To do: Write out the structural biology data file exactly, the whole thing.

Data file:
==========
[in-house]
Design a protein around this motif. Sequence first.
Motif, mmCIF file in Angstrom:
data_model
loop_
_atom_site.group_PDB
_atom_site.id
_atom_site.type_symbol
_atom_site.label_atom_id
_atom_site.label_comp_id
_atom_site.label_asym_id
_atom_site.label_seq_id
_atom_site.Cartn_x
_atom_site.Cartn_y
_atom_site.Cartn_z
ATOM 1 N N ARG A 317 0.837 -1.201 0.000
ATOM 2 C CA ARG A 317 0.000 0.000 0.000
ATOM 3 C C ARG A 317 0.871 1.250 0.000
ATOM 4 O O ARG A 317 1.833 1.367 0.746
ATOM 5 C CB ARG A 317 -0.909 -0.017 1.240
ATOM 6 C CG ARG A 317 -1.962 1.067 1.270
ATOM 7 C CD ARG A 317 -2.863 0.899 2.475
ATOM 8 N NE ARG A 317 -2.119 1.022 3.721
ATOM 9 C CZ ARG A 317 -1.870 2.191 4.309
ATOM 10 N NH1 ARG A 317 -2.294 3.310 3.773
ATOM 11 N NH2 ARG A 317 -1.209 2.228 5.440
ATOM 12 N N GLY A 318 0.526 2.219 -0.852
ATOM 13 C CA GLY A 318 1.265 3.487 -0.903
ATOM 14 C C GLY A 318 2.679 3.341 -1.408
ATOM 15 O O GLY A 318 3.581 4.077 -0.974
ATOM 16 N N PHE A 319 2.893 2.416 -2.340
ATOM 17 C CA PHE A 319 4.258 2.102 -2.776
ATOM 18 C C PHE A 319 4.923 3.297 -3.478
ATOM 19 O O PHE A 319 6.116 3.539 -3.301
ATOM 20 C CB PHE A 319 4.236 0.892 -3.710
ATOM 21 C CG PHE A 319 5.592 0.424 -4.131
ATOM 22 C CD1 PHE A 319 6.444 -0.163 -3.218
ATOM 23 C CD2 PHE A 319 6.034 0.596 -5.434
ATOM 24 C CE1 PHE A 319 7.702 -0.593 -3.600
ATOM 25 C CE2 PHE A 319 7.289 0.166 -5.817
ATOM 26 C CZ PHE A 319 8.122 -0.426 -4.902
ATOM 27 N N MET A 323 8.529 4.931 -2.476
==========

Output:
[in-house]
Design a protein around this motif. Sequence first.
Motif, mmCIF file in Angstrom:
data_model
loop_
_atom_site.group_PDB
_atom_site.id
_atom_site.type_symbol
_atom_site.label_atom_id
_atom_site.label_comp_id
_atom_site.label_asym_id
_atom_site.label_seq_id
_atom_site.Cartn_x
_atom_site.Cartn_y
_atom_site.Cartn_z
ATOM 1 N N ARG A 317 0.837 -1.201 0.000
ATOM 2 C CA ARG A 317 0.000 0.000 0.000
ATOM 3 C C ARG A 317 0.871 1.250 0.000
ATOM 4 O O ARG A 317 1.833 1.367 0.746
ATOM 5 C CB ARG A 317 -0.909 -0.017 1.240
ATOM 6 C CG ARG A 317 -1.962 1.067 1.270
ATOM 7 C CD ARG A 317 -2.863 0.899 2.475
ATOM 8 N NE ARG A 317 -2.119 1.022 3.721
ATOM 9 C CZ ARG A 317 -1.870 2.191 4.309
ATOM 10 N NH1 ARG A 317 -2.294 3.310 3.773
ATOM 11 N NH2 ARG A 317 -1.209 2.228 5.440
ATOM 12 N N GLY A 318 0.526 2.219 -0.852
ATOM 13 C CA GLY A 318 1.265 3.487 -0.903
ATOM 14 C C GLY A 318 2.679 3.341 -1.408
ATOM 15 O O GLY A 318 3.581 4.077 -0.974
ATOM 16 N N PHE A 319 2.893 2.416 -2.340
ATOM 17 C CA PHE A 319 4.258 2.102 -2.776
ATOM 18 C C PHE A 319 4.923 3.297 -3.478
ATOM 19 O O PHE A 319 6.116 3.539 -3.301
ATOM 20 C CB PHE A 319 4.236 0.892 -3.710
ATOM 21 C CG PHE A 319 5.592 0.424 -4.131
ATOM 22 C CD1 PHE A 319 6.444 -0.163 -3.218
ATOM 23 C CD2 PHE A 319 6.034 0.596 -5.434
ATOM 24 C CE1 PHE A 319 7.702 -0.593 -3.600
ATOM 25 C CE2 PHE A 319 7.289 0.166 -5.817
ATOM 26 C CZ PHE A 319 8.122 -0.426 -4.902
ATOM 27 N N MET A 323 8.529 4.931 -2.476